I have a large CSV file that I need to remove the first column of data. I cannot open it in Excel because Excel converts some of the values in the columns to scientific numbers.

I am using Notepad++, and I am trying to string the first column from the file EXE,


to look like


8 Answers 8


Notepad++'s search and replace supports regular expressions (regex) which can be easily used for this.

Use the following regex to search for:


This matches the start of the line followed by as much characters as possible not being a comma followed by a comma followed by the rest of the line. The rest of the line is grouped as first submatch.

Globally replace with this:


This denotes the first submatch (rest of the line). By that each line is replaced by everything after the first column and comma.

After I found the above way to do it in a single global replace (and updated my reply accordingly), I noticed that this reply is basically identical but also gives a comprehensive explanation of the regex used.

Note: The shorter regex ^[^,]+, can't be used for global replace with an empty string since Notepad++ will then replace all columns except the last: After replacing the first column, the second column (which now is the first and matches exactly the regex) will be replaced, then the third, and so on. However, the shorter regex works perfectly with other editors (e.g. with PSPad or vim).

  • This is the way to go here. If the OP already has N++ this is the quickest way. I do this a lot with PSPad (which could do this in one go, btw). Also check out how the regex works: rubular.com/r/OiehkBT0vA
    – simbabque
    Aug 3, 2012 at 12:21
  • Notepad++ doesn't process the input line by line, but character by character. That has some neat advantages (like multi-line patterns).
    – Dennis
    Aug 3, 2012 at 12:32
  • +1 for the edit. Sadly, your answer is community wiki now.
    – Dennis
    Aug 3, 2012 at 13:10
  • @Dennis Yes, I edited too often since I wasn't aware of the 10-edits limit.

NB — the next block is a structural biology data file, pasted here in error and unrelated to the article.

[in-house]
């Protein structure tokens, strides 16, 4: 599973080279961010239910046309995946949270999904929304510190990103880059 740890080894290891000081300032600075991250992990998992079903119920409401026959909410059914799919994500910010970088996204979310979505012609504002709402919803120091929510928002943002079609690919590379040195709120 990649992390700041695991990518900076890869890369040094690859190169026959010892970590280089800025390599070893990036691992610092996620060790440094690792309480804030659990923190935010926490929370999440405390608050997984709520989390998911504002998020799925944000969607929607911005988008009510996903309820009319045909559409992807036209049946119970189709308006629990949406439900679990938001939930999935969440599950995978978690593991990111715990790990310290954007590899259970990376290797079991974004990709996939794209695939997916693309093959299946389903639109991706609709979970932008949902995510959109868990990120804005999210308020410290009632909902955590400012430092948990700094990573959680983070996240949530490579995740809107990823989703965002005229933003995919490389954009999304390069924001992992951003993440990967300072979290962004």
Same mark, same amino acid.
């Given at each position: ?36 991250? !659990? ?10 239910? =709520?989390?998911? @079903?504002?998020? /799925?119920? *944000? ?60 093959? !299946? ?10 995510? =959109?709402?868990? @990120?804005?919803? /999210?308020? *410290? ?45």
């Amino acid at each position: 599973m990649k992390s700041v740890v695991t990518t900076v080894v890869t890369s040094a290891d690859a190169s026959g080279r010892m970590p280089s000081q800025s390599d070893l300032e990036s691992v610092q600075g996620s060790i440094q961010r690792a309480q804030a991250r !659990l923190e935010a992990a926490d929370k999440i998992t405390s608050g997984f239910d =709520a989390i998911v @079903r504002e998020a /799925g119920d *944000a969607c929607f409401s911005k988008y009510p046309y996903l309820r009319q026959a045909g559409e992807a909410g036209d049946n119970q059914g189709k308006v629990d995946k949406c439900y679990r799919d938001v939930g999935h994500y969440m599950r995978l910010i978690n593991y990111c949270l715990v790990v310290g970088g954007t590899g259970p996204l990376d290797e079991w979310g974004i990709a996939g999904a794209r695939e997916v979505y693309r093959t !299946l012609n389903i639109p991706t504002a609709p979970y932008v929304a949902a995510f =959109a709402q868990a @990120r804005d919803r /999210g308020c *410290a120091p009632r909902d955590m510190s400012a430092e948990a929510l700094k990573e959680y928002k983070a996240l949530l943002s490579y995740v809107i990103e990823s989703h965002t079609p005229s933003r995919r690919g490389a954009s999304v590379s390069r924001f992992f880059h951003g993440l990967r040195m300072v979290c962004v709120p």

– speakr
    Aug 3, 2012 at 13:32
  • Why not ^[^,]+, and replace with empty?
    – knittl
    Aug 3, 2012 at 16:48

Press Ctrl + H and perform the following replace:

Find what:          .*?,(.*)
Replace with:       \1
Wrap around:        checked
Regular expression: selected
. matches newline:  unchecked

Now press Alt + A to replace all occurrences.

How it works

  • The regular expression .*?,(.*) matches an entire line:

    • .*?, matches everything before the first comma, including the comma itself.

      .* means any number of occurrences of any character, and the question mark makes the quantifier lazy, i.e., it matches as few characters as possible.

    • (.*) matches everything after the first comma.

      Enclosing .* in parentheses converts it into a subpattern, so the mast can be accessed in the replace field.

  • \1 represents the first submatch (match for (.*)).

    As a result, Notepad++ replaces the line by everything that follows the first comma.

  • Just got the same idea after noticing that ^[^,]+, globally replaced with an empty string won't work in Notepad++. (+1)
    – speakr
    Aug 3, 2012 at 12:57

In Windows, you can do it as follows.

for /F "tokens=2,3,4,5,6 delims=," %i in (Input.csv) do @echo %i,%j,%k,%l,%m  >> output.csv

I assumed that you have only 6 columns. If you have many more columns, try experimenting with * in tokens field. Idea is taken from Windows for command

  • 2
    for arbitrary number of columns, use this: for /F "tokens=1* delims=," %i in (Input.csv) do @echo %j >> output.csv
    – SeanC
    Aug 3, 2012 at 16:11

Assuming you have a linux system or some unix style environment (I like gow, or you can snarf the utilities off unixutils) I believe running the file through cut -d , -f2-6 should do the trick - it should, if i recall correctly will do the trick - -d sets the deliminator, and f2-6 prints out the second to 6th character.

cat input.csv | cut -d , -f2-6 > output.csv would do the trick taking input file and kicking out an output file. Its not using notepad, but its fast and really simple.

  • Thanks, I just clicked on the link and I got a 403 error?
    – MikeD
    Aug 3, 2012 at 11:58
  • both links work for me - which is wierd. I usually find gow by googling for it - its on a github repo belonging to bmatzelle. Cygwin might also be an option, but its an overkill for this sorta thing
    – Journeyman Geek
    Aug 3, 2012 at 12:00

You should be able to load the CSV into excel and have it treat numbers as text (preventing it from converting to scientific numbers).

  1. Open Excel
  2. Data Tab
  3. From Text
  4. Choose Delimited